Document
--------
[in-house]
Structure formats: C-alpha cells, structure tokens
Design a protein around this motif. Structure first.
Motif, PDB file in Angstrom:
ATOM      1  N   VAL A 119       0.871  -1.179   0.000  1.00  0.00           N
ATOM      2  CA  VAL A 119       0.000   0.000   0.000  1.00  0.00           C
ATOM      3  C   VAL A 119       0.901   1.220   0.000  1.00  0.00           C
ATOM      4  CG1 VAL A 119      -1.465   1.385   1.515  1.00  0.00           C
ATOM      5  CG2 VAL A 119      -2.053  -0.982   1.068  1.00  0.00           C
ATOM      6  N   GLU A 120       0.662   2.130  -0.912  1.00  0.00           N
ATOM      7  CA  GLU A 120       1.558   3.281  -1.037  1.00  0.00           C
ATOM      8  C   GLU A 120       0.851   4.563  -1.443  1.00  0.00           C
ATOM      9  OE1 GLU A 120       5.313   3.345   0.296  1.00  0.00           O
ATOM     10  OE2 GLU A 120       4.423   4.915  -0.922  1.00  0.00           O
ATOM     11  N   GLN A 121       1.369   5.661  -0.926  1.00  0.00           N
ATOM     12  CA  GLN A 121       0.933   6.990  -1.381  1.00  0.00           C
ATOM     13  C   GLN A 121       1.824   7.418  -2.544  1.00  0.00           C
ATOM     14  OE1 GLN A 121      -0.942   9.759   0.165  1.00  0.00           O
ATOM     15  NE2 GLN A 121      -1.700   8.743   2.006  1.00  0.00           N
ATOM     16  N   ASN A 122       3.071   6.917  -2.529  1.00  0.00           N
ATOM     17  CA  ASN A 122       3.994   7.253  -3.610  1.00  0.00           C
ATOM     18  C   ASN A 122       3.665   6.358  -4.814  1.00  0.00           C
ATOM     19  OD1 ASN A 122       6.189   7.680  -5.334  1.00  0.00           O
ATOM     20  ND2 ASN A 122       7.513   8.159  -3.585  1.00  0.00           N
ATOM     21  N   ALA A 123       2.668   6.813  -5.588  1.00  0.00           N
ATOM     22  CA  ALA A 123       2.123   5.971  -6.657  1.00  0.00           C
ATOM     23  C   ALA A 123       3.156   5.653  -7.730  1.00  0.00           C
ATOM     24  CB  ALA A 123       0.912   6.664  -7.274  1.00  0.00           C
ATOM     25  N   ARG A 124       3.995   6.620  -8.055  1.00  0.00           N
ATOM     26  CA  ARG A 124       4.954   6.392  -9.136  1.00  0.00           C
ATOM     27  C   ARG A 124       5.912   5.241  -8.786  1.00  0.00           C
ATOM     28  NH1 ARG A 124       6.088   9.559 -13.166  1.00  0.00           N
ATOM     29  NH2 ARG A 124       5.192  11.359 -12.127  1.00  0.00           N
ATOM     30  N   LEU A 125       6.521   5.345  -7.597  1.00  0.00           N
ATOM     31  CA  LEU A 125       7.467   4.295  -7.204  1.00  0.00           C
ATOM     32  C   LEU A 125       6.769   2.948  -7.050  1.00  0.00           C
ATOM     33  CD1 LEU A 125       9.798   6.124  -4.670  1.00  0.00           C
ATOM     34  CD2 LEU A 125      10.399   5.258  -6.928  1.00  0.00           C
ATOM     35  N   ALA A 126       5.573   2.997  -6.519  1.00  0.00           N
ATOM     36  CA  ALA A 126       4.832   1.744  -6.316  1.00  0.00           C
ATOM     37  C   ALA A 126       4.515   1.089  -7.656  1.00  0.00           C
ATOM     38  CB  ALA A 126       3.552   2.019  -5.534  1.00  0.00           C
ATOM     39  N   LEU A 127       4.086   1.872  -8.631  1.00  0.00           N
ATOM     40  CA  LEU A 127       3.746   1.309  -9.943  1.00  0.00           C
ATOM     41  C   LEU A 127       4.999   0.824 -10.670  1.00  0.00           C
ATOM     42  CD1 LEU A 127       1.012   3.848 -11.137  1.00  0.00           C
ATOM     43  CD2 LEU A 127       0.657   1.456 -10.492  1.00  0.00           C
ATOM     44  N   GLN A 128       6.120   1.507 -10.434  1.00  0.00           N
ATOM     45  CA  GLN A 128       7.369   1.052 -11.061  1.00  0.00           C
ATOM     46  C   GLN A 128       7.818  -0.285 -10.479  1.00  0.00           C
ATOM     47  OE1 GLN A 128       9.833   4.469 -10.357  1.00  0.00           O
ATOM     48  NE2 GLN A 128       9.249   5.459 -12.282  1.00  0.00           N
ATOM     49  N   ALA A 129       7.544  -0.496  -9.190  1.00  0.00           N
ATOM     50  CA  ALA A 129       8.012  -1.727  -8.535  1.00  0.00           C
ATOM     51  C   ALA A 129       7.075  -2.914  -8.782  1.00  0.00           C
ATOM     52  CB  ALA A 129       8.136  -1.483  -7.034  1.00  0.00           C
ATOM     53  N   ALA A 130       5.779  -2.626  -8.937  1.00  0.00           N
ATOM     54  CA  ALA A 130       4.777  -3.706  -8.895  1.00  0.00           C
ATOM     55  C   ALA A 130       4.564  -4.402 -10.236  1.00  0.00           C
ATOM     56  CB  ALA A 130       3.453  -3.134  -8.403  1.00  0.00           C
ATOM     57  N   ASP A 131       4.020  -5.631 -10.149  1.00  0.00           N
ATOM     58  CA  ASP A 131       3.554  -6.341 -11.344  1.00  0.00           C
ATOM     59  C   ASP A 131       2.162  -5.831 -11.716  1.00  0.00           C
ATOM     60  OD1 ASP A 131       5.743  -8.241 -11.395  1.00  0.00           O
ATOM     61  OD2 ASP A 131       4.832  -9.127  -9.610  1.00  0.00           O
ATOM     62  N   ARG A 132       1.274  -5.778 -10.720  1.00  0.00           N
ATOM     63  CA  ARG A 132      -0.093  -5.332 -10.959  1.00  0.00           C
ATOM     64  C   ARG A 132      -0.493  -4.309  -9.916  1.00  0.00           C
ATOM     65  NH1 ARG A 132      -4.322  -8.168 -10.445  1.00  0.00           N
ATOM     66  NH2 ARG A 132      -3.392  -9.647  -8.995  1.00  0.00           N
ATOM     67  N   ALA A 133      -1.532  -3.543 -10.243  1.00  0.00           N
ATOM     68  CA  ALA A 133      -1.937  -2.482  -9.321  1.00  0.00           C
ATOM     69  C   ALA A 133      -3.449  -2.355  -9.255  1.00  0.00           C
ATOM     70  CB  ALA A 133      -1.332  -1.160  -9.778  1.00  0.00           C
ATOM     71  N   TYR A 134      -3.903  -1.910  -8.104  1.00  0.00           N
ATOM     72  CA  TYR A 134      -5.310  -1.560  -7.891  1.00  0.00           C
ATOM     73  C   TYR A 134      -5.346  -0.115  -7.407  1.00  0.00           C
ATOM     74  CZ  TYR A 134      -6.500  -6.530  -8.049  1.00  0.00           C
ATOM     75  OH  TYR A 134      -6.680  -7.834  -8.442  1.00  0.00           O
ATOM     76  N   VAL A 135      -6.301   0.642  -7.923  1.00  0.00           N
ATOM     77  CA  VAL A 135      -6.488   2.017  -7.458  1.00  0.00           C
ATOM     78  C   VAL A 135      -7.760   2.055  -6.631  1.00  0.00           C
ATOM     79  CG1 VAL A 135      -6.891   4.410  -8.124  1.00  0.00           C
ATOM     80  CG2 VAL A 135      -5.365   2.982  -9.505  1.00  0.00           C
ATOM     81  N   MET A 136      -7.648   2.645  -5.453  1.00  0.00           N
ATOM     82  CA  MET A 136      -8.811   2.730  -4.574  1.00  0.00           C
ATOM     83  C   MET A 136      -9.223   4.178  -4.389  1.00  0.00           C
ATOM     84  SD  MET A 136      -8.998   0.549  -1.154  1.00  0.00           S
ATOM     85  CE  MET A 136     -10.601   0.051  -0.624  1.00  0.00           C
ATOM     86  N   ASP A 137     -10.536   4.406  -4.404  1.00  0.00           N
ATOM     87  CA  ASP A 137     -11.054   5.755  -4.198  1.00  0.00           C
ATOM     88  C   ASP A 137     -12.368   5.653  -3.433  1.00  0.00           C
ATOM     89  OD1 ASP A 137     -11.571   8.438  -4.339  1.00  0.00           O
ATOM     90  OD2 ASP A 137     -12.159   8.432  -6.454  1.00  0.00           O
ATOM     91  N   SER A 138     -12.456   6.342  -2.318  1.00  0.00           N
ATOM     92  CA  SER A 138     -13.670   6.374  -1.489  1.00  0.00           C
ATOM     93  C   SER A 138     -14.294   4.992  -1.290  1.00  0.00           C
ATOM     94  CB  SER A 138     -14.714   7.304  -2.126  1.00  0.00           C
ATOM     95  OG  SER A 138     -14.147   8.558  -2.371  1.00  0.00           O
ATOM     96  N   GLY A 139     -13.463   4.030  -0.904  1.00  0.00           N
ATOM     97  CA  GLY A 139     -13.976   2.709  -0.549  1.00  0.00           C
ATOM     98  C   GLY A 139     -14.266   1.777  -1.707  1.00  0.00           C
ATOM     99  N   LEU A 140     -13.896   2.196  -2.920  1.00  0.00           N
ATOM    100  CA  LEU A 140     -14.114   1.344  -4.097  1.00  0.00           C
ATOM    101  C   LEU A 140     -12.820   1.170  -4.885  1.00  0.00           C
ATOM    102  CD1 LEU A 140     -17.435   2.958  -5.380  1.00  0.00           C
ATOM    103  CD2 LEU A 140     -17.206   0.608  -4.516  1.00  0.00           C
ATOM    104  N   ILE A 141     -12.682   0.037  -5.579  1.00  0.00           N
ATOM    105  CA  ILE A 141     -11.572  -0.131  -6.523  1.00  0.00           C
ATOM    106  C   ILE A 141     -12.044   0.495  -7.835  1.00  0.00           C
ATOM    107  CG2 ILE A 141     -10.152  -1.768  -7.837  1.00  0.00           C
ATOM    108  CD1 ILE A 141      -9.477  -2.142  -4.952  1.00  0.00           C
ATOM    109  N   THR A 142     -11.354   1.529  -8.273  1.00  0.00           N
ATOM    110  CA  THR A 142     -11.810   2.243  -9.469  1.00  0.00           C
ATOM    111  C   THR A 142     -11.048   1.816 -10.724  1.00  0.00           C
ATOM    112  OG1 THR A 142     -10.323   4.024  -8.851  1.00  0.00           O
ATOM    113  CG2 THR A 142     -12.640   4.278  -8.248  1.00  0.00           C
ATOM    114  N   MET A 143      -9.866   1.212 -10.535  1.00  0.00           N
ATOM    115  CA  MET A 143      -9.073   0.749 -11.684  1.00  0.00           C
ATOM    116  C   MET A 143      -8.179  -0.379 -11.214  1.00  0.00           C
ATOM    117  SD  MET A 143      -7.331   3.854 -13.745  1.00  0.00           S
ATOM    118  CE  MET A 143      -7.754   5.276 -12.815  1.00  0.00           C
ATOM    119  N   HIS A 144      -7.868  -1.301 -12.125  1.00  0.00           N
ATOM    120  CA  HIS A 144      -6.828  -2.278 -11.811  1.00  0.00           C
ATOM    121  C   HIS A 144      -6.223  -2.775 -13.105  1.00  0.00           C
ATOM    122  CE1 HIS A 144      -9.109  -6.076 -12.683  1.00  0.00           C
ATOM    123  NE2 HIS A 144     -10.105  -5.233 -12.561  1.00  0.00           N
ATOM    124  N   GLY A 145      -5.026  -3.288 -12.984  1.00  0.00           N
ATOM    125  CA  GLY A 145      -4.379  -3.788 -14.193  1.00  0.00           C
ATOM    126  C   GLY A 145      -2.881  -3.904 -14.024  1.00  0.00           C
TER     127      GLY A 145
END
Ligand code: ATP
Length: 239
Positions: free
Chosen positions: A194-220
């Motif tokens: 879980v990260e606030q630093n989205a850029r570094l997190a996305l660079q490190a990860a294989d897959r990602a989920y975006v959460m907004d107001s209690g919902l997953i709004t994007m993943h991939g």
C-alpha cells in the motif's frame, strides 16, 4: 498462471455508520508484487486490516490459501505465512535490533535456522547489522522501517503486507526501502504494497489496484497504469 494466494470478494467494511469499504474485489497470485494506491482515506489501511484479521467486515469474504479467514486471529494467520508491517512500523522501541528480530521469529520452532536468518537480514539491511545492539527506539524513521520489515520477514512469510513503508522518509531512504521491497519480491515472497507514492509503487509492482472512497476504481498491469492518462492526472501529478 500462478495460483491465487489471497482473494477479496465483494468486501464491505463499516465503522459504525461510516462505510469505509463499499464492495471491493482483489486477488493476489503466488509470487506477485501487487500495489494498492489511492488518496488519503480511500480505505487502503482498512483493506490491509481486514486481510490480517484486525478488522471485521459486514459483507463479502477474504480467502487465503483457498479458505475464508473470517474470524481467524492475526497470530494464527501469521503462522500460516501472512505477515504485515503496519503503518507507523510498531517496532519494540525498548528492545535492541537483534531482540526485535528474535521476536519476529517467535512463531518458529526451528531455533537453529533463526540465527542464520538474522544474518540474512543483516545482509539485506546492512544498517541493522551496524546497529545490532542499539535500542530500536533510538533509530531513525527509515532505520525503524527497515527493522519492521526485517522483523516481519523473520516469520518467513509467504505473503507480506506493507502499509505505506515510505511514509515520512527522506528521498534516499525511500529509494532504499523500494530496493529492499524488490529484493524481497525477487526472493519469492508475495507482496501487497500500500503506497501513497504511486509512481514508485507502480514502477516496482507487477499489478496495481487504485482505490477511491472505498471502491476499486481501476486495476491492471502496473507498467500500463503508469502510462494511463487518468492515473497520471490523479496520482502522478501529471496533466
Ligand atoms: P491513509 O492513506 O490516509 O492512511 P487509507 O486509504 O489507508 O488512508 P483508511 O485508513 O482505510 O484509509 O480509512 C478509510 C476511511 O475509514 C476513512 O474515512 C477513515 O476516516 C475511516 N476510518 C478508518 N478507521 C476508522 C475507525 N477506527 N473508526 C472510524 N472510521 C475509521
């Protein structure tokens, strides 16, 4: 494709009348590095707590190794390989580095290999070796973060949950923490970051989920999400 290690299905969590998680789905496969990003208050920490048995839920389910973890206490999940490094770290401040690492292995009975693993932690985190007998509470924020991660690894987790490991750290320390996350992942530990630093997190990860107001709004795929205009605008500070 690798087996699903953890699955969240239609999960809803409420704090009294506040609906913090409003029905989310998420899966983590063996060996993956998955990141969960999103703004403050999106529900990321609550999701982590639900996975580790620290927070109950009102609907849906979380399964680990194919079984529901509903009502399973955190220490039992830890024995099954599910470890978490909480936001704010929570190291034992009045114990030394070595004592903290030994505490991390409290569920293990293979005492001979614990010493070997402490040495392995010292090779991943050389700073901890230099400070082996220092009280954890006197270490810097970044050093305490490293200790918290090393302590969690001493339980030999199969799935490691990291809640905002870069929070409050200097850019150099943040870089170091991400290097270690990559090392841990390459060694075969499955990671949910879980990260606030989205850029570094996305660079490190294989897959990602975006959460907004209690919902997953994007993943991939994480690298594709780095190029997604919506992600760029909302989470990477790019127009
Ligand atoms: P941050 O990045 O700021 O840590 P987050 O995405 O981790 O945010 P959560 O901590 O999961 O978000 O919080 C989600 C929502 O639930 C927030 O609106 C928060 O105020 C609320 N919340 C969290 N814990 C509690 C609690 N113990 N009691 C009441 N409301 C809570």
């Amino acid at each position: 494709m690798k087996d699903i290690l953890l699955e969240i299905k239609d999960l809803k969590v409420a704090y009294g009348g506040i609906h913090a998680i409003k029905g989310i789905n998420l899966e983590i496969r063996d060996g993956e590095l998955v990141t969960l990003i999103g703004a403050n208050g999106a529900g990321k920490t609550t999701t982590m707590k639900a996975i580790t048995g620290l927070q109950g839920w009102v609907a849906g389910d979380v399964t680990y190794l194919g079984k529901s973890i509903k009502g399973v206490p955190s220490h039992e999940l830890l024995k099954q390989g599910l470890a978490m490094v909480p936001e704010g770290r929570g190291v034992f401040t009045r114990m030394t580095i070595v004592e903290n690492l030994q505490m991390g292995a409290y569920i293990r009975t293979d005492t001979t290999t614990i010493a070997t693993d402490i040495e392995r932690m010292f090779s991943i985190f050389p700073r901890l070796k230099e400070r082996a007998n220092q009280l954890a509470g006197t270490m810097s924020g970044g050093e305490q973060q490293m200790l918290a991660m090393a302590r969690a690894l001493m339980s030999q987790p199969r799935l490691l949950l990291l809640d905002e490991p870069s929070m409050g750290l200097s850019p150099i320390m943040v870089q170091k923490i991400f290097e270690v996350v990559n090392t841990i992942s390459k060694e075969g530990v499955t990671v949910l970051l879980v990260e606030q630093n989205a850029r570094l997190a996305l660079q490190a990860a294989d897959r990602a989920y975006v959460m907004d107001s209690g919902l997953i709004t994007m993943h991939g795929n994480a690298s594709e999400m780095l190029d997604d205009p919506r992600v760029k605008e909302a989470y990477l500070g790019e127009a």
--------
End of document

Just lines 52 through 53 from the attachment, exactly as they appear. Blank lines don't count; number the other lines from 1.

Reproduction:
ATOM     48  NE2 GLN A 128       9.249   5.459 -12.282  1.00  0.00           N
ATOM     49  N   ALA A 129       7.544  -0.496  -9.190  1.00  0.00           N